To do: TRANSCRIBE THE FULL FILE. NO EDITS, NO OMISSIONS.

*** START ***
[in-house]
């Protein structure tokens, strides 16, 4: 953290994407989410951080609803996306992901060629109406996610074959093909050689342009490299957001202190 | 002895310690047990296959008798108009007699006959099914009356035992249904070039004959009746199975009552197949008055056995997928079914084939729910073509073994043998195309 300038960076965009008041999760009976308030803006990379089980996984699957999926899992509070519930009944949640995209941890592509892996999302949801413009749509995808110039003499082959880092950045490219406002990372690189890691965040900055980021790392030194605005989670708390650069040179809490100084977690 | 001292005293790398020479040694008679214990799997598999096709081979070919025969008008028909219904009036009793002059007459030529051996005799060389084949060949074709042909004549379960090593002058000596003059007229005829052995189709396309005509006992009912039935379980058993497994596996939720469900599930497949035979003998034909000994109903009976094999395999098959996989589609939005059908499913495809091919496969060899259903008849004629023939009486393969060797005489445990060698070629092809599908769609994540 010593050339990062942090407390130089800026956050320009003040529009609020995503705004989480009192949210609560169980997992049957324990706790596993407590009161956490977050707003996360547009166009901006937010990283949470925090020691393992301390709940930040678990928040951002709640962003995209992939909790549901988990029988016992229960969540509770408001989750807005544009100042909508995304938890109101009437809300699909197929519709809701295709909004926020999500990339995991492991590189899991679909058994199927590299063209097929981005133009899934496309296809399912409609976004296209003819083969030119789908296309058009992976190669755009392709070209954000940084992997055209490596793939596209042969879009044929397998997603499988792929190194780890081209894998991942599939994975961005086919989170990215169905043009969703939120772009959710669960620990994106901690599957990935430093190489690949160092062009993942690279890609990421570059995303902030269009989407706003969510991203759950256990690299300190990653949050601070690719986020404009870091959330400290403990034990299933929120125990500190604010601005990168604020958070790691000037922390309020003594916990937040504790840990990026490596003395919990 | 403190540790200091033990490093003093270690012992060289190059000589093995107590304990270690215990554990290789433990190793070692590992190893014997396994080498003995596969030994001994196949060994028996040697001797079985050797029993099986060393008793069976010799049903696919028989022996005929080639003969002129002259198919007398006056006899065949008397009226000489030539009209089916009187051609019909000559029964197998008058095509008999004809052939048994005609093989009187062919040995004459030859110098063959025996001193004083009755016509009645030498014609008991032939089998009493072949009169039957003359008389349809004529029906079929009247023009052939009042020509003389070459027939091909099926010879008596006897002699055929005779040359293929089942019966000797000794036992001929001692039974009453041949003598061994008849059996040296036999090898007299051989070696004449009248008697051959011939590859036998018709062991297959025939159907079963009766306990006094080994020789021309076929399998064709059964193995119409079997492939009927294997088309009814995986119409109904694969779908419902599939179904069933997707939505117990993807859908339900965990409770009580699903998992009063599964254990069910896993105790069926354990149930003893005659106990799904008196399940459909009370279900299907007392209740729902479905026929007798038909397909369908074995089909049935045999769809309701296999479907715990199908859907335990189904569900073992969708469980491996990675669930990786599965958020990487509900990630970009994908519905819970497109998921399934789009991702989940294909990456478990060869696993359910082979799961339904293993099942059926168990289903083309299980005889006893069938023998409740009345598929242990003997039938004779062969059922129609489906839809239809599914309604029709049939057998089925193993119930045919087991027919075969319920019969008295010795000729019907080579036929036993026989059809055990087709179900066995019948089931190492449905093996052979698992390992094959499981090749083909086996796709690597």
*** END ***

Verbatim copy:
[in-house]
């Protein structure tokens, strides 16, 4: 953290994407989410951080609803996306992901060629109406996610074959093909050689342009490299957001202190 | 002895310690047990296959008798108009007699006959099914009356035992249904070039004959009746199975009552197949008055056995997928079914084939729910073509073994043998195309 300038960076965009008041999760009976308030803006990379089980996984699957999926899992509070519930009944949640995209941890592509892996999302949801413009749509995808110039003499082959880092950045490219406002990372690189890691965040900055980021790392030194605005989670708390650069040179809490100084977690 | 001292005293790398020479040694008679214990799997598999096709081979070919025969008008028909219904009036009793002059007459030529051996005799060389084949060949074709042909004549379960090593002058000596003059007229005829052995189709396309005509006992009912039935379980058993497994596996939720469900599930497949035979003998034909000994109903009976094999395999098959996989589609939005059908499913495809091919496969060899259903008849004629023939009486393969060797005489445990060698070629092809599908769609994540 010593050339990062942090407390130089800026956050320009003040529009609020995503705004989480009192949210609560169980997992049957324990706790596993407590009161956490977050707003996360547009166009901006937010990283949470925090020691393992301390709940930040678990928040951002709640962003995209992939909790549901988990029988016992229960969540509770408001989750807005544009100042909508995304938890109101009437809300699909197929519709809701295709909004926020999500990339995991492991590189899991679909058994199927590299063209097929981005133009899934496309296809399912409609976004296209003819083969030119789908296309058009992976190669755009392709070209954000940084992997055209490596793939596209042969879009044929397998997603499988792929190194780890081209894998991942599939994975961005086919989170990215169905043009969703939120772009959710669960620990994106901690599957990935430093190489690949160092062009993942690279890609990421570059995303902030269009989407706003969510991203759950256990690299300190990653949050601070690719986020404009870091959330400290403990034990299933929120125990500190604010601005990168604020958070790691000037922390309020003594916990937040504790840990990026490596003395919990 | 403190540790200091033990490093003093270690012992060289190059000589093995107590304990270690215990554990290789433990190793070692590992190893014997396994080498003995596969030994001994196949060994028996040697001797079985050797029993099986060393008793069976010799049903696919028989022996005929080639003969002129002259198919007398006056006899065949008397009226000489030539009209089916009187051609019909000559029964197998008058095509008999004809052939048994005609093989009187062919040995004459030859110098063959025996001193004083009755016509009645030498014609008991032939089998009493072949009169039957003359008389349809004529029906079929009247023009052939009042020509003389070459027939091909099926010879008596006897002699055929005779040359293929089942019966000797000794036992001929001692039974009453041949003598061994008849059996040296036999090898007299051989070696004449009248008697051959011939590859036998018709062991297959025939159907079963009766306990006094080994020789021309076929399998064709059964193995119409079997492939009927294997088309009814995986119409109904694969779908419902599939179904069933997707939505117990993807859908339900965990409770009580699903998992009063599964254990069910896993105790069926354990149930003893005659106990799904008196399940459909009370279900299907007392209740729902479905026929007798038909397909369908074995089909049935045999769809309701296999479907715990199908859907335990189904569900073992969708469980491996990675669930990786599965958020990487509900990630970009994908519905819970497109998921399934789009991702989940294909990456478990060869696993359910082979799961339904293993099942059926168990289903083309299980005889006893069938023998409740009345598929242990003997039938004779062969059922129609489906839809239809599914309604029709049939057998089925193993119930045919087991027919075969319920019969008295010795000729019907080579036929036993026989059809055990087709179900066995019948089931190492449905093996052979698992390992094959499981090749083909086996796709690597």